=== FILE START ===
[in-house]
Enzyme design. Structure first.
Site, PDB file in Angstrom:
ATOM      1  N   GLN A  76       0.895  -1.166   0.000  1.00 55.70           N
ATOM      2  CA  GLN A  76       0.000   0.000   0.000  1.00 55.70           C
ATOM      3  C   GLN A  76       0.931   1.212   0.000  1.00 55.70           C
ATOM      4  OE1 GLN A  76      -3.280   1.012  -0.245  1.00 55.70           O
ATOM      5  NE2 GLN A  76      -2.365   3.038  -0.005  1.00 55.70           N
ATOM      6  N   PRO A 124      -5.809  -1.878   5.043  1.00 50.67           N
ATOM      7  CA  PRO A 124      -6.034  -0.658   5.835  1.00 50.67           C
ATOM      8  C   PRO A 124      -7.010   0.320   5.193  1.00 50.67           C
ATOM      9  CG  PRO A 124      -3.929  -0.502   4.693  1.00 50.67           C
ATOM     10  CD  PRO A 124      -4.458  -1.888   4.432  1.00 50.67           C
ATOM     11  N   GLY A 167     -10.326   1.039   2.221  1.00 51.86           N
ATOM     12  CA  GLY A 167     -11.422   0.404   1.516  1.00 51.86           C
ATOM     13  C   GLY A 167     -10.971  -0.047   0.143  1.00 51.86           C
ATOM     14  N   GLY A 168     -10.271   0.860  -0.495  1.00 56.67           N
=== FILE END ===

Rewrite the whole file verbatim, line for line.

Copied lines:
[in-house]
Enzyme design. Structure first.
Site, PDB file in Angstrom:
ATOM      1  N   GLN A  76       0.895  -1.166   0.000  1.00 55.70           N
ATOM      2  CA  GLN A  76       0.000   0.000   0.000  1.00 55.70           C
ATOM      3  C   GLN A  76       0.931   1.212   0.000  1.00 55.70           C
ATOM      4  OE1 GLN A  76      -3.280   1.012  -0.245  1.00 55.70           O
ATOM      5  NE2 GLN A  76      -2.365   3.038  -0.005  1.00 55.70           N
ATOM      6  N   PRO A 124      -5.809  -1.878   5.043  1.00 50.67           N
ATOM      7  CA  PRO A 124      -6.034  -0.658   5.835  1.00 50.67           C
ATOM      8  C   PRO A 124      -7.010   0.320   5.193  1.00 50.67           C
ATOM      9  CG  PRO A 124      -3.929  -0.502   4.693  1.00 50.67           C
ATOM     10  CD  PRO A 124      -4.458  -1.888   4.432  1.00 50.67           C
ATOM     11  N   GLY A 167     -10.326   1.039   2.221  1.00 51.86           N
ATOM     12  CA  GLY A 167     -11.422   0.404   1.516  1.00 51.86           C
ATOM     13  C   GLY A 167     -10.971  -0.047   0.143  1.00 51.86           C
ATOM     14  N   GLY A 168     -10.271   0.860  -0.495  1.00 56.67           N